Dr. Mihai Netea is a Professor of Experimental Medicine at Radboud University Nijmegen and a Professor of Immunometabolism at the University of Bonn. He discusses the mechanisms of trained immunity, transmission of immune traits across generations via epigenetics, and how some vaccines can enhance immunity to other pathogens.
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Dr. De’Broski Herbert is an Associate Professor of Immunology at the University of Pennsylvania. The Herbert lab is exploring the immunoregulatory and regenerative mechanisms operating at the mucosal interface. He discusses his recent paper on IL-33 sources and secretion, his postdoctoral fellowship in South Africa, and the M1/M2 macrophage paradigm.
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Dr. Keke Fairfax is an Associate Professor of Microbiology and Immunology and the Director of Equity, Diversity, and Inclusion at the University of Utah.  Her lab uses helminth parasite Schistosoma mansoni as a tool to understand the consequences of IL-4 induced immuno-modulation.  She explains how helminth infections can reduce the efficacy of childhood vaccinations, and how mentorship and networking can help minority scientists thrive in Utah.
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Dr. Tri Phan is a Senior Research Fellow at the Garvan Institute of Medical Research and a Conjoint Professor at the University of New South Wales. He runs the Intravital Microscopy Lab, which aims to understand the checks and balances that control B cell responses. His team uses two-photon microscopy to image cells in live animals, including time-lapses of over 24 hours. He talks about the physics behind this type of microscopy and how it can image deep within tissues without destroying them. We also discuss his lab’s recent Cell paper on osteomorphs, a newly discovered cell type involved in osteoclast recycling in bone, and their work on memory B cells in lymph nodes.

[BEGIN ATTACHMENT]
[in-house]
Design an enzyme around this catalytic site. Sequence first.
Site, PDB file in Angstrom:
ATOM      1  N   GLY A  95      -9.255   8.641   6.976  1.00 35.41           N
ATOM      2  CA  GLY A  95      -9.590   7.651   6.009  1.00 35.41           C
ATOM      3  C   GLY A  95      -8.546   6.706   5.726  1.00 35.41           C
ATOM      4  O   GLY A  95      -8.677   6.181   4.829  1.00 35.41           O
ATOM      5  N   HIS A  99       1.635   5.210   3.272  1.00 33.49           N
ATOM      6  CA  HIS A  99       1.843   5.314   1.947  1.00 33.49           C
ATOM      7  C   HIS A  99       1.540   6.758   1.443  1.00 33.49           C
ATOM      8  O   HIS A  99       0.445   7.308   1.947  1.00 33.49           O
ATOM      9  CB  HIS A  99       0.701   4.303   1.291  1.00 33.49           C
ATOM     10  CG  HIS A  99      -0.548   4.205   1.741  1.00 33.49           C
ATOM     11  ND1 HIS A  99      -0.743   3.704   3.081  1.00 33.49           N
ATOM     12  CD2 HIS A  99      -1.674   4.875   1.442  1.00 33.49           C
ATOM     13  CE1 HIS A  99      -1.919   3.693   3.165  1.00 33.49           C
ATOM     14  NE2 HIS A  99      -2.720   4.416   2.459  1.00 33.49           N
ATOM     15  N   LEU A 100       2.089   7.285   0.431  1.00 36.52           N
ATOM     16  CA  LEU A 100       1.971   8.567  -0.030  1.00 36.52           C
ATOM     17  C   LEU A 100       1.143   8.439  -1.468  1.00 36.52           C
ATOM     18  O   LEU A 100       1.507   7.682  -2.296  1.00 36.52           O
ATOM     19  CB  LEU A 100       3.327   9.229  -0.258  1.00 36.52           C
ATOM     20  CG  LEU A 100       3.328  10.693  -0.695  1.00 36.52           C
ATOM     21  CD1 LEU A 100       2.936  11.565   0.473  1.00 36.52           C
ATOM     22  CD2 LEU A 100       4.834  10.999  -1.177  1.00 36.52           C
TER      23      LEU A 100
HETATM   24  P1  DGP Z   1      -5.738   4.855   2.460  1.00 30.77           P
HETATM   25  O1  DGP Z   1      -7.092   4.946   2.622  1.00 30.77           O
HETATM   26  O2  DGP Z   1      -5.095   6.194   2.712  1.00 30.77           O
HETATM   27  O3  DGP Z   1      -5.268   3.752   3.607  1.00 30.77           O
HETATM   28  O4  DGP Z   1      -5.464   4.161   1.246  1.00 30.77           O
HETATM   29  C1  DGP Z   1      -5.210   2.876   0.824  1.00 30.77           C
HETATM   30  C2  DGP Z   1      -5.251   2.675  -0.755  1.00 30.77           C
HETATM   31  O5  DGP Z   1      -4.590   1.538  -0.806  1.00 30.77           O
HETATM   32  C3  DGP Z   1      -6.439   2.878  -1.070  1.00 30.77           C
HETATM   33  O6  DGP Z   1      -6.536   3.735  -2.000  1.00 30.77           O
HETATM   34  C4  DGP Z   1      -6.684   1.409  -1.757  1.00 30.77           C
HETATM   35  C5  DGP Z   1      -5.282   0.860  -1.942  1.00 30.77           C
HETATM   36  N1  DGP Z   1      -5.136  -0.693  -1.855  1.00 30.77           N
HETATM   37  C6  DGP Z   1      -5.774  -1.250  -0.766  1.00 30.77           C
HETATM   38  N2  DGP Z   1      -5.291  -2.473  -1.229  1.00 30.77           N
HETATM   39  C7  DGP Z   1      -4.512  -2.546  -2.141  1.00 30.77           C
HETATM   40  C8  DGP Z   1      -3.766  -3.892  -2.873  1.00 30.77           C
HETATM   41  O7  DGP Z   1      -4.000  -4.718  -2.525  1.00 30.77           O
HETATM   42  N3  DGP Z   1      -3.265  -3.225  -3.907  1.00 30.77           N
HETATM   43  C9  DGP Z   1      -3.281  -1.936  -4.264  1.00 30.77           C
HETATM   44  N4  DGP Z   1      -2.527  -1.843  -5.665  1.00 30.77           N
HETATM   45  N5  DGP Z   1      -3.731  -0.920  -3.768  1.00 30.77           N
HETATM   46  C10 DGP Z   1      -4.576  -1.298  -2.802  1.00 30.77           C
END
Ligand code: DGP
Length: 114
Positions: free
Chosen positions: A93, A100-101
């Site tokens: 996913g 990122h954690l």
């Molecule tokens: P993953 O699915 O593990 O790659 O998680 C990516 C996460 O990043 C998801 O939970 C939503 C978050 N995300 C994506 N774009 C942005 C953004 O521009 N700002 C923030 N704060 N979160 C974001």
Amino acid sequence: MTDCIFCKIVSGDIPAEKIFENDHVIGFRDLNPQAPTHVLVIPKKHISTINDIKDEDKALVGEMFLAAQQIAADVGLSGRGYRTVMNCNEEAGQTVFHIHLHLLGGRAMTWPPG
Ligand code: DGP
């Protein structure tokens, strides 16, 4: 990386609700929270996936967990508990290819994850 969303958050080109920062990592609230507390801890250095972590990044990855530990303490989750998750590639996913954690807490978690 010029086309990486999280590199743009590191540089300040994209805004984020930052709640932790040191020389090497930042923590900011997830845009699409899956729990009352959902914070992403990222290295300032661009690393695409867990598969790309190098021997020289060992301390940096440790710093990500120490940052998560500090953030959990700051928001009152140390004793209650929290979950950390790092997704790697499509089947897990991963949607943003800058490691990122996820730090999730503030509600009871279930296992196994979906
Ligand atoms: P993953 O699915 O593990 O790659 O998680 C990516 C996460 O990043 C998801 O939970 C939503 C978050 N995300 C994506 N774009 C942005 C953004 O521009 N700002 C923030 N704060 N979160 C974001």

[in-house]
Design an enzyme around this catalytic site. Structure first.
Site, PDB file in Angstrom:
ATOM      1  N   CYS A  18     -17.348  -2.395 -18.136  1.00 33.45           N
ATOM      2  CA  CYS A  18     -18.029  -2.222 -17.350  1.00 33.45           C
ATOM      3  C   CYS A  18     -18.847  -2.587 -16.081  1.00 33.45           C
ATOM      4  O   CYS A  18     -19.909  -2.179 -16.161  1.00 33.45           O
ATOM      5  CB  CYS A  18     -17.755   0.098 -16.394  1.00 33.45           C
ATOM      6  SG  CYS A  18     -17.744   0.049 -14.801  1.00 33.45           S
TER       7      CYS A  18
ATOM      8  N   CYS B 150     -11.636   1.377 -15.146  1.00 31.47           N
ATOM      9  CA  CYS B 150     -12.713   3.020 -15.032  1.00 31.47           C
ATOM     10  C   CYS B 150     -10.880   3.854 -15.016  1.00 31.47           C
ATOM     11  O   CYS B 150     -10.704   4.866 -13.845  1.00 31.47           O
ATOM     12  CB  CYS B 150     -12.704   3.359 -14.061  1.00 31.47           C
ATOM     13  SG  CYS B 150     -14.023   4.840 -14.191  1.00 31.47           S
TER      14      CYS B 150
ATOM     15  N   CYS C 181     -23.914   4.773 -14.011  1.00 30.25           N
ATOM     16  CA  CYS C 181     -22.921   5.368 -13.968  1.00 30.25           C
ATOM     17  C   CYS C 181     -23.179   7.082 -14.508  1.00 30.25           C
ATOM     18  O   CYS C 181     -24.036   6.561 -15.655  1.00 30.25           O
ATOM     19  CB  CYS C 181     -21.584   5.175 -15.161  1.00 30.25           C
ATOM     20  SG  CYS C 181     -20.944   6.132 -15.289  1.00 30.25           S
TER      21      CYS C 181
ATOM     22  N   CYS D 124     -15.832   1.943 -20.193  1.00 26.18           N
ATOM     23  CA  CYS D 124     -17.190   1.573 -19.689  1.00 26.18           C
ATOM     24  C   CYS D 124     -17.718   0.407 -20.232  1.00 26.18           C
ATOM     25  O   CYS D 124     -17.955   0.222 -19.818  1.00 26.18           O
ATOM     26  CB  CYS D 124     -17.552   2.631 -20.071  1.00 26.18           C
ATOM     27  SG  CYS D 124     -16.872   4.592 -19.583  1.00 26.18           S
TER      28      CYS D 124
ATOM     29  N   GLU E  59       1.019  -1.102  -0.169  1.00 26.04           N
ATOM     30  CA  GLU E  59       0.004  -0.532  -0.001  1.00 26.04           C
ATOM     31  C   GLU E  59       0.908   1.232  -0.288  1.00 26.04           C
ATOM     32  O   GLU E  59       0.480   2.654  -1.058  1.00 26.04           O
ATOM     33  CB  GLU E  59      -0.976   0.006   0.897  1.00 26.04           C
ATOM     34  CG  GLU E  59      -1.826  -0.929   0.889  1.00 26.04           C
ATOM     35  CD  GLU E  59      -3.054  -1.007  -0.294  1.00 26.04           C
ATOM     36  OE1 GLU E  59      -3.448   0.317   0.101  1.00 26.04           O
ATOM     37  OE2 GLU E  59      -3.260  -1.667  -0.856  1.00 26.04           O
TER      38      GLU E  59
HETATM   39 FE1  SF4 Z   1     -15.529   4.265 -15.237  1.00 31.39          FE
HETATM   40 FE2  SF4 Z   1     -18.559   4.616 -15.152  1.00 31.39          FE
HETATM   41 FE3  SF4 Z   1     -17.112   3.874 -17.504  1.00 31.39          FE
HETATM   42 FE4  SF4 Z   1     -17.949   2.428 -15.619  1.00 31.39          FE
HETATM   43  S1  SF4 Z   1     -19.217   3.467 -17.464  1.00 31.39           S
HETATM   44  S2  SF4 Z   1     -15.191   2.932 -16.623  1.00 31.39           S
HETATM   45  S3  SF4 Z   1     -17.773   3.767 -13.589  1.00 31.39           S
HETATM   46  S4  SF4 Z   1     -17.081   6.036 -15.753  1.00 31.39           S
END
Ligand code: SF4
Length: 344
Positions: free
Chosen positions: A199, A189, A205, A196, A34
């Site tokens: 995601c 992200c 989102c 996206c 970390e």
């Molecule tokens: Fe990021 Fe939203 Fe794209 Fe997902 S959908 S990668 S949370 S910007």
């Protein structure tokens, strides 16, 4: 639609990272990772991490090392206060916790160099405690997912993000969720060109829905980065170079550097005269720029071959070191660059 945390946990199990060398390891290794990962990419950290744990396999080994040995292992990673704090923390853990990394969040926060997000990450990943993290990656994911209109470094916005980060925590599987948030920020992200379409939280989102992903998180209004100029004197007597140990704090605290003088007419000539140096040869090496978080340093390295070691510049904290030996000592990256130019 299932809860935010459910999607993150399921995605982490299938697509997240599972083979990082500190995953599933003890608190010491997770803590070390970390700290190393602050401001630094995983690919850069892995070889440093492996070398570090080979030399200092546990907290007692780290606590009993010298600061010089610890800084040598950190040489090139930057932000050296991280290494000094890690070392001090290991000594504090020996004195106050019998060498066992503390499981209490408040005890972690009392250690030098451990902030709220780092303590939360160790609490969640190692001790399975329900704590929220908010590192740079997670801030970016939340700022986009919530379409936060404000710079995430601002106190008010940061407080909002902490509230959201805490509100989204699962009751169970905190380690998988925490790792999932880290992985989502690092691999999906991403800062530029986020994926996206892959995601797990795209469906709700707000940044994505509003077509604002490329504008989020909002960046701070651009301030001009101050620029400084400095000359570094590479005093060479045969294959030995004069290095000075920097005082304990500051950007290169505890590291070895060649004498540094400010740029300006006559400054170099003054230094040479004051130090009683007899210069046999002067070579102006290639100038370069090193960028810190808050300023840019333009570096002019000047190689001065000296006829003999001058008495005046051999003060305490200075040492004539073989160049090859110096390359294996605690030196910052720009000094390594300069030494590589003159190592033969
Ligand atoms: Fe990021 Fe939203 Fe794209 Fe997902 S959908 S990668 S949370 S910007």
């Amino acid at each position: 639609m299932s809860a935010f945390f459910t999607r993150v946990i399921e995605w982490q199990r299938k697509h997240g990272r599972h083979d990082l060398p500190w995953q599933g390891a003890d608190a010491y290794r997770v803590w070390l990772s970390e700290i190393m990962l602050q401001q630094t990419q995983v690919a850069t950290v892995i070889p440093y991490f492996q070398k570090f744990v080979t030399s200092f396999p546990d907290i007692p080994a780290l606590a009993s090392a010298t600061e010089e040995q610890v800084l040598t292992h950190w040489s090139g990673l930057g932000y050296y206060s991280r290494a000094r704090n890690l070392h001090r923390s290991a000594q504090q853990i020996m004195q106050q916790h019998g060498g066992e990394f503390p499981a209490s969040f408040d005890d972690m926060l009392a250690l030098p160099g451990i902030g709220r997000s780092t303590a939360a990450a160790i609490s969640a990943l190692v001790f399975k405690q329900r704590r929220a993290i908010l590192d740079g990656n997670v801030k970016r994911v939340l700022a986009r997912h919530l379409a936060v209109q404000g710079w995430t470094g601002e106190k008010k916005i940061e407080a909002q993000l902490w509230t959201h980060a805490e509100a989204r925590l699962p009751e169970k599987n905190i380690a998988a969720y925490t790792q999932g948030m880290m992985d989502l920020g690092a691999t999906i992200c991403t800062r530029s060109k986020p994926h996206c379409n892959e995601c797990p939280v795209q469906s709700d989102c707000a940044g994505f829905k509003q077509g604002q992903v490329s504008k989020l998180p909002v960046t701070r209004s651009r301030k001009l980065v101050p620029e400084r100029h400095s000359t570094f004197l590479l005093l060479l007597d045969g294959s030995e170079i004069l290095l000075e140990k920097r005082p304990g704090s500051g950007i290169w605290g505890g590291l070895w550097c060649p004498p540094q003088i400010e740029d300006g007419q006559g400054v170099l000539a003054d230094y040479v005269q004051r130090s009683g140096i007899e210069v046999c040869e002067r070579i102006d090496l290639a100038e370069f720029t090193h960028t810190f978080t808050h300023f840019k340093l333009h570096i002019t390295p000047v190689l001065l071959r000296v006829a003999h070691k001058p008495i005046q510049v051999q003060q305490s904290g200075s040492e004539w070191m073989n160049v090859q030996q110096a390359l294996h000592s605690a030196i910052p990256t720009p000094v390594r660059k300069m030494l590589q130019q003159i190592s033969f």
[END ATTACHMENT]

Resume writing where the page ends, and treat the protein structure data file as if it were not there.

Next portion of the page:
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Dr. Jenny Ting is the William R. Kenan Jr. Distinguished Professor of Genetics at the University of North Carolina at Chapel Hill, and served as the President of the American Association of Immunologists from 2020-2021. Her lab discovered the NLR protein family, and their recent research interests include oxidative phosphorylation in HIV, the role of AIM2 in autoimmunity, and microbes that can protect from radiation.
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